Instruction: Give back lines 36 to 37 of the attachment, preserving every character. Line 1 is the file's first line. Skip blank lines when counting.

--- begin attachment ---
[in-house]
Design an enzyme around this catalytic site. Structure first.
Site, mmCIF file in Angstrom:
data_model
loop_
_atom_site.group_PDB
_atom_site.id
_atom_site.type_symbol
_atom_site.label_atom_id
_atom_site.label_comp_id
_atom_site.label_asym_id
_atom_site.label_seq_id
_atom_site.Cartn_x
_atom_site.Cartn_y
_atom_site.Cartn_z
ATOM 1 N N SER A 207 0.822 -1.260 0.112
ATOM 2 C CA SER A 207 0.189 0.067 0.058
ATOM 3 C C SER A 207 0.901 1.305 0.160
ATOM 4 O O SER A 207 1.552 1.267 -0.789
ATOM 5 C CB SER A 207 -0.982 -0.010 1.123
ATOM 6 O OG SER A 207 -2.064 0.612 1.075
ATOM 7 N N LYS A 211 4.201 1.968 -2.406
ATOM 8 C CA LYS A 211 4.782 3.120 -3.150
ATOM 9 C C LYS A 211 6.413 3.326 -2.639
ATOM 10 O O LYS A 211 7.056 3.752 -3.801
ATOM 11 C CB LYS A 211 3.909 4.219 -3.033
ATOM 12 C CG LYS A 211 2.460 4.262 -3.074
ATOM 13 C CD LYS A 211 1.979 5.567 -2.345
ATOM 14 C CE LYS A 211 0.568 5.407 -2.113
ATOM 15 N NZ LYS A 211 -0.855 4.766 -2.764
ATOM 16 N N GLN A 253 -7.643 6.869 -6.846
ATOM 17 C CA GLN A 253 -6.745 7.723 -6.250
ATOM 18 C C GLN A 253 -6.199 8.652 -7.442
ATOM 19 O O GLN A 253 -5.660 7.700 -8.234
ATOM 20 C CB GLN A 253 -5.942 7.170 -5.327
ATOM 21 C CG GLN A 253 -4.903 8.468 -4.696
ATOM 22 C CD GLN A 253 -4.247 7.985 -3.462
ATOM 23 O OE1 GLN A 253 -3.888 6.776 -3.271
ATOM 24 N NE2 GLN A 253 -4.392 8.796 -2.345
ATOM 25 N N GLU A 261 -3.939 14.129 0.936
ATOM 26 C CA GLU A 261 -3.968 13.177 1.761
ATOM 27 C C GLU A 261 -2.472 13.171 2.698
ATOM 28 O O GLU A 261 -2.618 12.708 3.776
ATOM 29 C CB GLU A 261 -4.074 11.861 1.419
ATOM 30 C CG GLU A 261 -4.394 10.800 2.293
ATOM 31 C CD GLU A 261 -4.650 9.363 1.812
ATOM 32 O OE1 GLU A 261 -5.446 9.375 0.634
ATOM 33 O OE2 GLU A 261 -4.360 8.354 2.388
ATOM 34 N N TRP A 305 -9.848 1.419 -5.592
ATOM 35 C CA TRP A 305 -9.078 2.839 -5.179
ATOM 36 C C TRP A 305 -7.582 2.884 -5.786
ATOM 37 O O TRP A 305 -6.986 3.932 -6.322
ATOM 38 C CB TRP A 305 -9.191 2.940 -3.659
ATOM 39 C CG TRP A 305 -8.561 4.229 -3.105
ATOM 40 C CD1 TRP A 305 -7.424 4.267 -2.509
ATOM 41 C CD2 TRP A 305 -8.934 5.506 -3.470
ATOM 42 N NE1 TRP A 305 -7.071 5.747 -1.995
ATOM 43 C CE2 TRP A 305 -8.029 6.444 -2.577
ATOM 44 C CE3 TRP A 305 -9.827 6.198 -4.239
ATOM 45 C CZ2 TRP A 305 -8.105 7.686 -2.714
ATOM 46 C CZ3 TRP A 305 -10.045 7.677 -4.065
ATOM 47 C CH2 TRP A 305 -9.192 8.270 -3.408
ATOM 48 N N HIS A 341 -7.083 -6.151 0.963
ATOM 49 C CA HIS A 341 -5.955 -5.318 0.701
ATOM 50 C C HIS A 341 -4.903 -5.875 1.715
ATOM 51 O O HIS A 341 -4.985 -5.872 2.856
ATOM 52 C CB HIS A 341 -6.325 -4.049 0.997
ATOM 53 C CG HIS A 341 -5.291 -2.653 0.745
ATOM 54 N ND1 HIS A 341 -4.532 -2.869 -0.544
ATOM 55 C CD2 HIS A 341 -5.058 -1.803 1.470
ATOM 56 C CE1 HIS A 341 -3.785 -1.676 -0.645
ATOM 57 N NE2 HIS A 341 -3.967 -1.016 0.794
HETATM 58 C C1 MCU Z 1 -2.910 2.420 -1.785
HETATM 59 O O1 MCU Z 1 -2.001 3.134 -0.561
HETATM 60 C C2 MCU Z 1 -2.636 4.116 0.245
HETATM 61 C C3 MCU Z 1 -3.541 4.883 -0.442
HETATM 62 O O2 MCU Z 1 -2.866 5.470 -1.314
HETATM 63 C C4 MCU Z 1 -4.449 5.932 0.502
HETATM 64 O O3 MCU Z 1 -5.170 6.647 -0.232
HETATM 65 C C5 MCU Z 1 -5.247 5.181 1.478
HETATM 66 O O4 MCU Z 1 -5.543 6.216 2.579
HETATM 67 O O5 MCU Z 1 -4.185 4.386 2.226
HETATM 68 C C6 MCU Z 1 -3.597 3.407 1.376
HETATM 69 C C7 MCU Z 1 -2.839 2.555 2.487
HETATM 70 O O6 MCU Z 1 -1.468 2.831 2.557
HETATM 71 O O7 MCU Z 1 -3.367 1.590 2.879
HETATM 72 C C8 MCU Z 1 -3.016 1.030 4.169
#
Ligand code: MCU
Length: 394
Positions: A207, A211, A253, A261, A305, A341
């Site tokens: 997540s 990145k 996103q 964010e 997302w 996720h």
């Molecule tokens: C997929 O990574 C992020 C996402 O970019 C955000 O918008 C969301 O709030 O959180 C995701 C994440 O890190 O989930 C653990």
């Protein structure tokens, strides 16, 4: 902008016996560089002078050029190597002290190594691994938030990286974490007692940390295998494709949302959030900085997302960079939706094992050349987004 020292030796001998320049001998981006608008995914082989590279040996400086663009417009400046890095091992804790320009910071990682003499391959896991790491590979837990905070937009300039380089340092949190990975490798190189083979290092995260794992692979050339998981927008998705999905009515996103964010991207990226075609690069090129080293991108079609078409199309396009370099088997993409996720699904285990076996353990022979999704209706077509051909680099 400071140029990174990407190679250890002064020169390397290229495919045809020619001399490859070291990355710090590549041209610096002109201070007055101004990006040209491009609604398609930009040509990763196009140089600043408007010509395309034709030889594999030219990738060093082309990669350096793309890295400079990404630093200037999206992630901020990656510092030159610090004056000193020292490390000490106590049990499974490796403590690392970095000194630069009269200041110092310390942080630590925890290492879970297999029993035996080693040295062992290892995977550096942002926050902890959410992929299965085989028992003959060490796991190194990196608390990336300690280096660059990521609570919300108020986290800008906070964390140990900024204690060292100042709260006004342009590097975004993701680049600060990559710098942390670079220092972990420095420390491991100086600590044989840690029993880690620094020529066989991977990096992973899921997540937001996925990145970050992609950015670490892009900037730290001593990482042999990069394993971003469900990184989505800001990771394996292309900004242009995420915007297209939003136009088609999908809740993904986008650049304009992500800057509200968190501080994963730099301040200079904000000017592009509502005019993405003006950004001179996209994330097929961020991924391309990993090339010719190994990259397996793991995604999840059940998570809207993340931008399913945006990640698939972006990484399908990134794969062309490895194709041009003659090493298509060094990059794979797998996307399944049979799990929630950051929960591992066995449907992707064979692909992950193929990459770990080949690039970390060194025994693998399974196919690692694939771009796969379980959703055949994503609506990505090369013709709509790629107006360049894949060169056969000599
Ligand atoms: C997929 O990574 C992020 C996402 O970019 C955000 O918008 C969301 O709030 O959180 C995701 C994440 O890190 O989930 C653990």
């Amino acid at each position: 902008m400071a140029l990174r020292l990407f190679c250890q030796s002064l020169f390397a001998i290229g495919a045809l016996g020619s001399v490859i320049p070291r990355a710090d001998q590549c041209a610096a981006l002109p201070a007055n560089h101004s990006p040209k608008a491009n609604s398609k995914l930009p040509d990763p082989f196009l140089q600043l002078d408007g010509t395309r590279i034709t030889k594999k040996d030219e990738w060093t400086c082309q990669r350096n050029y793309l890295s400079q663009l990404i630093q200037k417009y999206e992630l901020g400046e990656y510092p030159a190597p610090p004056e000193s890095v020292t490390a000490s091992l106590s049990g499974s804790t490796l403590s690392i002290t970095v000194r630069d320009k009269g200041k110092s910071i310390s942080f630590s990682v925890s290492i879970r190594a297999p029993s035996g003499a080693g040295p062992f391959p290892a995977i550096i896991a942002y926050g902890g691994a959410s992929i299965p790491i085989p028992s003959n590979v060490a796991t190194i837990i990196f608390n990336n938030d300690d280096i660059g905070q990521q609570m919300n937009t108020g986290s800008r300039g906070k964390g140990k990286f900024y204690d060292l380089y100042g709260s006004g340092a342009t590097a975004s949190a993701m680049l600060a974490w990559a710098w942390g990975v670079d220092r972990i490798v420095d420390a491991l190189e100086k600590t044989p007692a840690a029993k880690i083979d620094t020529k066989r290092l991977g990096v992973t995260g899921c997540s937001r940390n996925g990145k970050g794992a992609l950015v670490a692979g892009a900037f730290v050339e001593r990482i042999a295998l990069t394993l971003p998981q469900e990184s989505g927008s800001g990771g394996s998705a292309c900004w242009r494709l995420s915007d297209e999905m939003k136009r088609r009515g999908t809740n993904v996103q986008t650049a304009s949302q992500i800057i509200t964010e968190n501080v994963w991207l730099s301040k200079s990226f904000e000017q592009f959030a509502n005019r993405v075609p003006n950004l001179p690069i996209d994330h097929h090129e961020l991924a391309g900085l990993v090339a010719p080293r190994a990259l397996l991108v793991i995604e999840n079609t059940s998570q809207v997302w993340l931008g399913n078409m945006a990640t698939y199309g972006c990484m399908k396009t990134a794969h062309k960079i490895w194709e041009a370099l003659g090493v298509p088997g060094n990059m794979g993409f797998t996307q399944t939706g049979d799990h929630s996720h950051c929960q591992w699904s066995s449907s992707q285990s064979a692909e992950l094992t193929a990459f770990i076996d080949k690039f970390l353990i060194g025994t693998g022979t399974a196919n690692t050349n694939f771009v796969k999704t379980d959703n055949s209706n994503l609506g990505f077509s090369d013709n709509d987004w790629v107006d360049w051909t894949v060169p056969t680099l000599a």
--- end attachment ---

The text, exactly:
ATOM 21 C CG GLN A 253 -4.903 8.468 -4.696
ATOM 22 C CD GLN A 253 -4.247 7.985 -3.462